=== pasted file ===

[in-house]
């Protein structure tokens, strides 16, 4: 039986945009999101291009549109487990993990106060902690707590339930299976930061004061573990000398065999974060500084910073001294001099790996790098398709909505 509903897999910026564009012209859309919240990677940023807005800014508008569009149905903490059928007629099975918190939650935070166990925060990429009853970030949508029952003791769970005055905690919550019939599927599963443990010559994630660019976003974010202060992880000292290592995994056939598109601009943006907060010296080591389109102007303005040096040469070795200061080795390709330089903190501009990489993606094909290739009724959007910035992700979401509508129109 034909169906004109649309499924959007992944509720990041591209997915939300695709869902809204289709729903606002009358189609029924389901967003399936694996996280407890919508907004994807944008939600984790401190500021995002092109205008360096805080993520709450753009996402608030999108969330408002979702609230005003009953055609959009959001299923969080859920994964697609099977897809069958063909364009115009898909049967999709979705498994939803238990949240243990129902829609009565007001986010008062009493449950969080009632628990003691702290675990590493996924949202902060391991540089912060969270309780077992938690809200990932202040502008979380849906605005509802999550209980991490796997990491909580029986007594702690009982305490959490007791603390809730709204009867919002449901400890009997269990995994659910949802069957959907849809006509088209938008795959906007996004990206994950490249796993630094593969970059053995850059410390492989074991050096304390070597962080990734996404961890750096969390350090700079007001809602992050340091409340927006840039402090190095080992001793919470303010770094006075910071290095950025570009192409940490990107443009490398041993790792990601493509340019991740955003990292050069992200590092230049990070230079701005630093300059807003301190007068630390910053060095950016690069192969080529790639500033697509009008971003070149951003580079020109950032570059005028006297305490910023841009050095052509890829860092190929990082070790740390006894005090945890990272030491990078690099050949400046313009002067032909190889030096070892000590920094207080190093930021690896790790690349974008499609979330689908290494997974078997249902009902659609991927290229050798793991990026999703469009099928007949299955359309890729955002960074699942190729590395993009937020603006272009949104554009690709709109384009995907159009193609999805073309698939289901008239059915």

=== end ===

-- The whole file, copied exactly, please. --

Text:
[in-house]
């Protein structure tokens, strides 16, 4: 039986945009999101291009549109487990993990106060902690707590339930299976930061004061573990000398065999974060500084910073001294001099790996790098398709909505 509903897999910026564009012209859309919240990677940023807005800014508008569009149905903490059928007629099975918190939650935070166990925060990429009853970030949508029952003791769970005055905690919550019939599927599963443990010559994630660019976003974010202060992880000292290592995994056939598109601009943006907060010296080591389109102007303005040096040469070795200061080795390709330089903190501009990489993606094909290739009724959007910035992700979401509508129109 034909169906004109649309499924959007992944509720990041591209997915939300695709869902809204289709729903606002009358189609029924389901967003399936694996996280407890919508907004994807944008939600984790401190500021995002092109205008360096805080993520709450753009996402608030999108969330408002979702609230005003009953055609959009959001299923969080859920994964697609099977897809069958063909364009115009898909049967999709979705498994939803238990949240243990129902829609009565007001986010008062009493449950969080009632628990003691702290675990590493996924949202902060391991540089912060969270309780077992938690809200990932202040502008979380849906605005509802999550209980991490796997990491909580029986007594702690009982305490959490007791603390809730709204009867919002449901400890009997269990995994659910949802069957959907849809006509088209938008795959906007996004990206994950490249796993630094593969970059053995850059410390492989074991050096304390070597962080990734996404961890750096969390350090700079007001809602992050340091409340927006840039402090190095080992001793919470303010770094006075910071290095950025570009192409940490990107443009490398041993790792990601493509340019991740955003990292050069992200590092230049990070230079701005630093300059807003301190007068630390910053060095950016690069192969080529790639500033697509009008971003070149951003580079020109950032570059005028006297305490910023841009050095052509890829860092190929990082070790740390006894005090945890990272030491990078690099050949400046313009002067032909190889030096070892000590920094207080190093930021690896790790690349974008499609979330689908290494997974078997249902009902659609991927290229050798793991990026999703469009099928007949299955359309890729955002960074699942190729590395993009937020603006272009949104554009690709709109384009995907159009193609999805073309698939289901008239059915």